Abstract: This project explores the efficiency and effectiveness of case management as compared with the usual and customary services available to chronic mentally to individuals in reducing readmissions to mental hospitals and improving the quality of life. A randomized pretest-posttest control...

  • Effects of group metacognitive training (MCT) on mental capacity and functioning in patients with psychosis in a secure forensic psychiatric hospital: a prospective-cohort waiting list controlled study.  // BMC Research Notes;2012, Vol. 5 Issue 1, p302 

    The article focuses on the implications of group metacognitive training (MCT) on the mental function and capacity of patients with psychosis. The cohort study involved 93 patients confined in a forensic mental hospital. The patients underwent analysis using methods such as the Positive and...

  • INTERMITTENT CHECKS MAY STOP SUICIDES.  // Nursing Standard;5/16/2007, Vol. 21 Issue 36, p6 

    The article reports on the prevention of suicides and self-harm cases in psychiatric hospitals in Great Britain. In the research conducted with the leadership of City University professor of psychiatric nursing and head of research examined, it was found that an increment in the proportion of...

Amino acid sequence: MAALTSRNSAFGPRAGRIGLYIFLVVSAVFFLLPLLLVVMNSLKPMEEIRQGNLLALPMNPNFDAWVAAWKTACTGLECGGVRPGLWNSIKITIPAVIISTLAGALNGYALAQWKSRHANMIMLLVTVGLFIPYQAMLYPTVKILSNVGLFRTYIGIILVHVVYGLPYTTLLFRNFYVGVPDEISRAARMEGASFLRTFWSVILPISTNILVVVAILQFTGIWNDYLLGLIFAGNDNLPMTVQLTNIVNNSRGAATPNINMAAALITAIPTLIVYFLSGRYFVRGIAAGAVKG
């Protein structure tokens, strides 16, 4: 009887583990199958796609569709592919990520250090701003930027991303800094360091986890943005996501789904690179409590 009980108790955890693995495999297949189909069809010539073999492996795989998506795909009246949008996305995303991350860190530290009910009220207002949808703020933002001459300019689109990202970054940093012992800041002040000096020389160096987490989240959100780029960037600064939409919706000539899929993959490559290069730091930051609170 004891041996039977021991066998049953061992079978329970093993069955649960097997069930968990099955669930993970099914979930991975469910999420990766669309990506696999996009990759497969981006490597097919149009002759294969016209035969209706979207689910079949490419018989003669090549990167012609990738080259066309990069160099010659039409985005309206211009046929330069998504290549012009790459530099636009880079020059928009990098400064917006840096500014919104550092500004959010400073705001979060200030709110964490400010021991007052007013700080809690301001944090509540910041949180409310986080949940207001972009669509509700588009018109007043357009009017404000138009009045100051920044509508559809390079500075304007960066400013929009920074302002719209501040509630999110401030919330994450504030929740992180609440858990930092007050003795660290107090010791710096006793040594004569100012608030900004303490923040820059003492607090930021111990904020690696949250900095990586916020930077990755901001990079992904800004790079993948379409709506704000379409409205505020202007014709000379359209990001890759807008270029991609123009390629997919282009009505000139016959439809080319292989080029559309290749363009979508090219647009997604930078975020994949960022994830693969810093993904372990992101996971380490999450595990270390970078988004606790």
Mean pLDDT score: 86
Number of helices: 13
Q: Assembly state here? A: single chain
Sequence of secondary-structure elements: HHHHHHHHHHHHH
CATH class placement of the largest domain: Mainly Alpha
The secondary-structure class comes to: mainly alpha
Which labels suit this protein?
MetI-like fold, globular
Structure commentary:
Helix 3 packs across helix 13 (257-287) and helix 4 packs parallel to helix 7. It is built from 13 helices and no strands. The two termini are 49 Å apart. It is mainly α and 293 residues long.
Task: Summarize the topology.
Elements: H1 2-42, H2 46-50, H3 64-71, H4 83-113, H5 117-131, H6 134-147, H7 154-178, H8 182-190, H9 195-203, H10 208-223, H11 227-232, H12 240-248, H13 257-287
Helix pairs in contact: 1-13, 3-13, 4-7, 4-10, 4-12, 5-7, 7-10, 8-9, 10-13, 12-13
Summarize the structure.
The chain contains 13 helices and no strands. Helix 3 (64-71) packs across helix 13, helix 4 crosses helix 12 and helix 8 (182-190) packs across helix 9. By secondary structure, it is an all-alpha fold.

• Ukraine nurses under fire.  // Mental Health Practice;Feb2015, Vol. 18 Issue 5, p7 

    A photograph of a nurse taken while filling out prescriptions by candlelight after the power went out at a psychiatric hospital in the Petrovsky District of Donetsk, Ukraine after being hit by missiles on 3 separate occasions.

  • A DAY IN THE LIFE OF AN ACUTE HOSPITAL PSYCHIATRIC NURSE. Murphy, Russell // Kai Tiaki Nursing New Zealand;Oct2005, Vol. 11 Issue 9, p24 

    This article describes the experience of an acute hospital psychiatric nurse in New Zealand. Challenges and tasks include: taking on an allocation of four to five patients, locating these patients for tests, receiving the doctor's account of the last 24 hours for each patient on the ward,...

Share

Read the Article

Courtesy of VIRGINIA BEACH PUBLIC LIBRARY AND SYSTEM

Sorry, but this item is not currently available from your library.

Try another library?
Sign out of this library

Other Topics